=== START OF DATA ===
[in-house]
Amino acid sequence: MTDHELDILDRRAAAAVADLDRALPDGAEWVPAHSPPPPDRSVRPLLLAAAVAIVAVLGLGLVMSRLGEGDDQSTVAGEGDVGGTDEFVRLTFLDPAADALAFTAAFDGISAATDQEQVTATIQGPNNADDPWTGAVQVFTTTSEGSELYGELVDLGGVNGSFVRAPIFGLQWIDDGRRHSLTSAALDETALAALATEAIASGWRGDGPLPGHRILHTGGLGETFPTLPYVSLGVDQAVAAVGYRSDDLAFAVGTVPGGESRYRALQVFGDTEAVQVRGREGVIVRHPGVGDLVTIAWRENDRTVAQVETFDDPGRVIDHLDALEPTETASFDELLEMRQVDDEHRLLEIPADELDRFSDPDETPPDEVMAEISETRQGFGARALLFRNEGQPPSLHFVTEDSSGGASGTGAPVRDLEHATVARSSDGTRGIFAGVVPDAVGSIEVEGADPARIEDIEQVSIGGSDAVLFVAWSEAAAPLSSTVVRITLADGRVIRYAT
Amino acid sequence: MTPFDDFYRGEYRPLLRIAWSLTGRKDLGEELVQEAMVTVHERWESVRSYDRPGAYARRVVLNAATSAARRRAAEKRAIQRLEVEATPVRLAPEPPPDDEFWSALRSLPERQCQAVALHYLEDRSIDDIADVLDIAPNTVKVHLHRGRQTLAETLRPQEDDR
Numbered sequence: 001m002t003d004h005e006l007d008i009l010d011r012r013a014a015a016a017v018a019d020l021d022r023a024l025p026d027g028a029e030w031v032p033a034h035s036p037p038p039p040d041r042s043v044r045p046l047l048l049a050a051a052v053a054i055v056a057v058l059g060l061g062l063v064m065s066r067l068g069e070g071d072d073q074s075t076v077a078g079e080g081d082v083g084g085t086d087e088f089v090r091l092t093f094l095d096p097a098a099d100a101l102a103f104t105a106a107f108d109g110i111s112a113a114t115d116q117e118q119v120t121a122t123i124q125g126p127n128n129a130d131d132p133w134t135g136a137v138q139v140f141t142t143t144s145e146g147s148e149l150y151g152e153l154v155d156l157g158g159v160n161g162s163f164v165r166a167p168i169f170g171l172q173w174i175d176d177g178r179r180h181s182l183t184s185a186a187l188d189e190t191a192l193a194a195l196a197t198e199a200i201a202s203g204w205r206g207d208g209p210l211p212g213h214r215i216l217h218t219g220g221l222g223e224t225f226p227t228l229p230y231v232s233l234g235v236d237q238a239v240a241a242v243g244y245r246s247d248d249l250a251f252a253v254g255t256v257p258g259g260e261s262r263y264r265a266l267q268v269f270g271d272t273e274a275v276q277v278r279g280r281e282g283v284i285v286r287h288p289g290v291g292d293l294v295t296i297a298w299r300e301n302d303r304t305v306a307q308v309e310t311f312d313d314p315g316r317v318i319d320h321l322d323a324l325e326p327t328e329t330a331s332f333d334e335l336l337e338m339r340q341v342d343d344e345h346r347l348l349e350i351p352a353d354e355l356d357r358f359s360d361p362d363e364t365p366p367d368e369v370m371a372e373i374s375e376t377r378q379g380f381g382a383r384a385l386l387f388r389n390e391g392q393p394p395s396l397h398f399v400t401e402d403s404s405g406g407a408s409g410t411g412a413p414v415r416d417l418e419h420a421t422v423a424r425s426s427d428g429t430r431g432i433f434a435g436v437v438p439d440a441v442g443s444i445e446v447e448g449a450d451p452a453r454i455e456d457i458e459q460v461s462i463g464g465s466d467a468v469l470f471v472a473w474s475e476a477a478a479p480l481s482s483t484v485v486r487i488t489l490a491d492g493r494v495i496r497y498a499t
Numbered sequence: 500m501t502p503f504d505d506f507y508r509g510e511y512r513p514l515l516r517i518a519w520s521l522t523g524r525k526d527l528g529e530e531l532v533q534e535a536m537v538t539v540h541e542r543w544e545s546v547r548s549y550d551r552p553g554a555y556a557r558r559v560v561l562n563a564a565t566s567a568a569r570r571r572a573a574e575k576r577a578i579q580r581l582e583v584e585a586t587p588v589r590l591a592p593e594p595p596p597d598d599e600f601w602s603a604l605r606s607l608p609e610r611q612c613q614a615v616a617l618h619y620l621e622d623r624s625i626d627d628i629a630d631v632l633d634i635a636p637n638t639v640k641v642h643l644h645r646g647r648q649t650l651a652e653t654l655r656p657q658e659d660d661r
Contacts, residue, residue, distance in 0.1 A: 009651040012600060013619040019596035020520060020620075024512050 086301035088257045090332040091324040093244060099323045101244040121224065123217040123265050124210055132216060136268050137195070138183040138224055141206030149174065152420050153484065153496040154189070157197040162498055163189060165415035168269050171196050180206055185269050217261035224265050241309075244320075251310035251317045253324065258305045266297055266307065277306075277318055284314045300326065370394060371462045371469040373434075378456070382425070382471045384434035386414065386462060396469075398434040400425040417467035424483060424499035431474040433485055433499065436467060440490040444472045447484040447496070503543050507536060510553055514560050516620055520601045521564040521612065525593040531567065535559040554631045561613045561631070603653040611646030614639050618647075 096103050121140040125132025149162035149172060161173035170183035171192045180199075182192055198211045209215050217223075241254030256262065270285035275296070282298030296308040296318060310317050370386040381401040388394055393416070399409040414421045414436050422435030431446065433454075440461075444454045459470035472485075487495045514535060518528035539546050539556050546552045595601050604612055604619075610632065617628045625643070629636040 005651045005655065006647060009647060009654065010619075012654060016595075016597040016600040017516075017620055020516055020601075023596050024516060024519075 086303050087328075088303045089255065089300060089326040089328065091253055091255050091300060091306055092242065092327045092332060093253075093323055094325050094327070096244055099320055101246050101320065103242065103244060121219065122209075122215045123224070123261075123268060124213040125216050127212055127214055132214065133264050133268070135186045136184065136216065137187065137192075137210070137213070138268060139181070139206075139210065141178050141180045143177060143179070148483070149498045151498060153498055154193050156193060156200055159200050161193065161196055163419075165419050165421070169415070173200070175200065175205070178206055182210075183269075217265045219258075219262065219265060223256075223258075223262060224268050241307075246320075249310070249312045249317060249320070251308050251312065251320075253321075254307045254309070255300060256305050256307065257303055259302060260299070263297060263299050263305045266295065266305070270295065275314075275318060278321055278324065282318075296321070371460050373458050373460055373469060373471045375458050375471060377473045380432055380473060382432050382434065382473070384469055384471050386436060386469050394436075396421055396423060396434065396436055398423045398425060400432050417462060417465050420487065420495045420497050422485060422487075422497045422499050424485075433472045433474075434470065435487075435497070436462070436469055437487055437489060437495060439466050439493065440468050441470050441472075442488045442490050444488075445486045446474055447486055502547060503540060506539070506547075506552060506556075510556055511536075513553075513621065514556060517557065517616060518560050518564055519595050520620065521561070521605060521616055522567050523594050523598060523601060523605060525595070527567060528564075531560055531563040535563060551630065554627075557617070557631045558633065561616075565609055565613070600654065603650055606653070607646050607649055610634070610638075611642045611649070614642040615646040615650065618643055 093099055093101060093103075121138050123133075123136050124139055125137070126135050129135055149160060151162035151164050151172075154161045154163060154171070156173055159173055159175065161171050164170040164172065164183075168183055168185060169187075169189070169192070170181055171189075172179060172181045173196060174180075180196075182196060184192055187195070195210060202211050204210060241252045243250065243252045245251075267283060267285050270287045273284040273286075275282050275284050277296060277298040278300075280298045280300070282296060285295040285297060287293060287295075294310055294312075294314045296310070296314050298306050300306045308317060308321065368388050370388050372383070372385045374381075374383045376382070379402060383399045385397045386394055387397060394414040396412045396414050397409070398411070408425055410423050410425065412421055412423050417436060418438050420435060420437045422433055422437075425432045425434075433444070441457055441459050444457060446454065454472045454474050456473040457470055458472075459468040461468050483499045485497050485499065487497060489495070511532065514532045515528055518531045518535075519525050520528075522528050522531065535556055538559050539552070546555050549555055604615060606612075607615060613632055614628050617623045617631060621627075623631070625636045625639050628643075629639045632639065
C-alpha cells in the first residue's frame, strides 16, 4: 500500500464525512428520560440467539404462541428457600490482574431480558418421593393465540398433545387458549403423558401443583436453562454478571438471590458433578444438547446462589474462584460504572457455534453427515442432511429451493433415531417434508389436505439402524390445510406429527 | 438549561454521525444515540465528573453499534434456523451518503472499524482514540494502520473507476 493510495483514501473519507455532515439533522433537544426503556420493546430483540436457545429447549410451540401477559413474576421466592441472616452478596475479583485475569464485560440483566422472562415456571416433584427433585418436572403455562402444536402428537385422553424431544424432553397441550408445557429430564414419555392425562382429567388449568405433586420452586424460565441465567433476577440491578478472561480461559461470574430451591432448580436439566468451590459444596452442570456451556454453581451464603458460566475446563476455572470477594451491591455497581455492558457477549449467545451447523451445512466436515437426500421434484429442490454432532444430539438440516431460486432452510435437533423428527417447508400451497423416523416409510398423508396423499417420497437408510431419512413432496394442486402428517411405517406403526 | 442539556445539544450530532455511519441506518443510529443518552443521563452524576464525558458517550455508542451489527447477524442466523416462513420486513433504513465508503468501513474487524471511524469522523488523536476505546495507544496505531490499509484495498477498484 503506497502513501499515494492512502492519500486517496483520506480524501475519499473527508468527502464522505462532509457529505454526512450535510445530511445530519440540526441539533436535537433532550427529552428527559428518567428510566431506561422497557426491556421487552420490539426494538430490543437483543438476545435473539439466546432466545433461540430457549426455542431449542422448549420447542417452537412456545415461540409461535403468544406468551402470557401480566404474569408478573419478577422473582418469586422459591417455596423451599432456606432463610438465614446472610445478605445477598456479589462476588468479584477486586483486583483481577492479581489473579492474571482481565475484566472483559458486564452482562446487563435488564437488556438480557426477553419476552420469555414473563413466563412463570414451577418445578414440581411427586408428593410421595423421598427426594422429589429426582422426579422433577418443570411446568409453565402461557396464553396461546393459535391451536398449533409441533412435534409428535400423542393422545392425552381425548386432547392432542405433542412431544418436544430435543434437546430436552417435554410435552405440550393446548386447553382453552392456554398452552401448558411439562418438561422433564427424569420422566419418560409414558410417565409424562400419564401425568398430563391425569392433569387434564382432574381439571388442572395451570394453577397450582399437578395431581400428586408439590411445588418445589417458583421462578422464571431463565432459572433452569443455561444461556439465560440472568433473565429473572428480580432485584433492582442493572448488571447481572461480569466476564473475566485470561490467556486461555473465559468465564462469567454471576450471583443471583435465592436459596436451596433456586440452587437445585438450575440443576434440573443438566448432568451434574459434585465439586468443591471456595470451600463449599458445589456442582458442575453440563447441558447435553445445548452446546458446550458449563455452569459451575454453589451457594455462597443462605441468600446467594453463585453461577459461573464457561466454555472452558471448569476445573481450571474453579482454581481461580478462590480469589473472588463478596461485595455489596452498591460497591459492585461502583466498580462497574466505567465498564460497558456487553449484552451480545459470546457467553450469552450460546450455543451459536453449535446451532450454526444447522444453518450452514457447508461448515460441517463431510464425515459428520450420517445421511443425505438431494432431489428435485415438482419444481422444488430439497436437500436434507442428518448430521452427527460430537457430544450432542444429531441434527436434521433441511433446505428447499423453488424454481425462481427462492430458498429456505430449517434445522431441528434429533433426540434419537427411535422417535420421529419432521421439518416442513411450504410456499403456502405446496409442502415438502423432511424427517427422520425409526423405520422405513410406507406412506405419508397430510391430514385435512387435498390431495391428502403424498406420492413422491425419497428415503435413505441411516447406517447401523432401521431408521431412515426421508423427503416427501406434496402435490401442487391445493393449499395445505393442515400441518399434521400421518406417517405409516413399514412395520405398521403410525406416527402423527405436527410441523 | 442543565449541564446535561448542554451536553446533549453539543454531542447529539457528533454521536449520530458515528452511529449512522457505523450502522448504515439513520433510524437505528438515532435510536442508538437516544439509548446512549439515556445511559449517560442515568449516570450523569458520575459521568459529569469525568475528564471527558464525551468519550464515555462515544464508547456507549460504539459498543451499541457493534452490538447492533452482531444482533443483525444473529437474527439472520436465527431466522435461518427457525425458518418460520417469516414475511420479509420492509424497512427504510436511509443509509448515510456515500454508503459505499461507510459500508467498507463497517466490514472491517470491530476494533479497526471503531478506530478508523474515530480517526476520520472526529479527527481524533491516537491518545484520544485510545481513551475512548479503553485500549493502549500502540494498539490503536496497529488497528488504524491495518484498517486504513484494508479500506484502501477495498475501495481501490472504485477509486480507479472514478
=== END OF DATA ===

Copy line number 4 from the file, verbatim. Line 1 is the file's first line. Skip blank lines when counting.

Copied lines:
Numbered sequence: 001m002t003d004h005e006l007d008i009l010d011r012r013a014a015a016a017v018a019d020l021d022r023a024l025p026d027g028a029e030w031v032p033a034h035s036p037p038p039p040d041r042s043v044r045p046l047l048l049a050a051a052v053a054i055v056a057v058l059g060l061g062l063v064m065s066r067l068g069e070g071d072d073q074s075t076v077a078g079e080g081d082v083g084g085t086d087e088f089v090r091l092t093f094l095d096p097a098a099d100a101l102a103f104t105a106a107f108d109g110i111s112a113a114t115d116q117e118q119v120t121a122t123i124q125g126p127n128n129a130d131d132p133w134t135g136a137v138q139v140f141t142t143t144s145e146g147s148e149l150y151g152e153l154v155d156l157g158g159v160n161g162s163f164v165r166a167p168i169f170g171l172q173w174i175d176d177g178r179r180h181s182l183t184s185a186a187l188d189e190t191a192l193a194a195l196a197t198e199a200i201a202s203g204w205r206g207d208g209p210l211p212g213h214r215i216l217h218t219g220g221l222g223e224t225f226p227t228l229p230y231v232s233l234g235v236d237q238a239v240a241a242v243g244y245r246s247d248d249l250a251f252a253v254g255t256v257p258g259g260e261s262r263y264r265a266l267q268v269f270g271d272t273e274a275v276q277v278r279g280r281e282g283v284i285v286r287h288p289g290v291g292d293l294v295t296i297a298w299r300e301n302d303r304t305v306a307q308v309e310t311f312d313d314p315g316r317v318i319d320h321l322d323a324l325e326p327t328e329t330a331s332f333d334e335l336l337e338m339r340q341v342d343d344e345h346r347l348l349e350i351p352a353d354e355l356d357r358f359s360d361p362d363e364t365p366p367d368e369v370m371a372e373i374s375e376t377r378q379g380f381g382a383r384a385l386l387f388r389n390e391g392q393p394p395s396l397h398f399v400t401e402d403s404s405g406g407a408s409g410t411g412a413p414v415r416d417l418e419h420a421t422v423a424r425s426s427d428g429t430r431g432i433f434a435g436v437v438p439d440a441v442g443s444i445e446v447e448g449a450d451p452a453r454i455e456d457i458e459q460v461s462i463g464g465s466d467a468v469l470f471v472a473w474s475e476a477a478a479p480l481s482s483t484v485v486r487i488t489l490a491d492g493r494v495i496r497y498a499t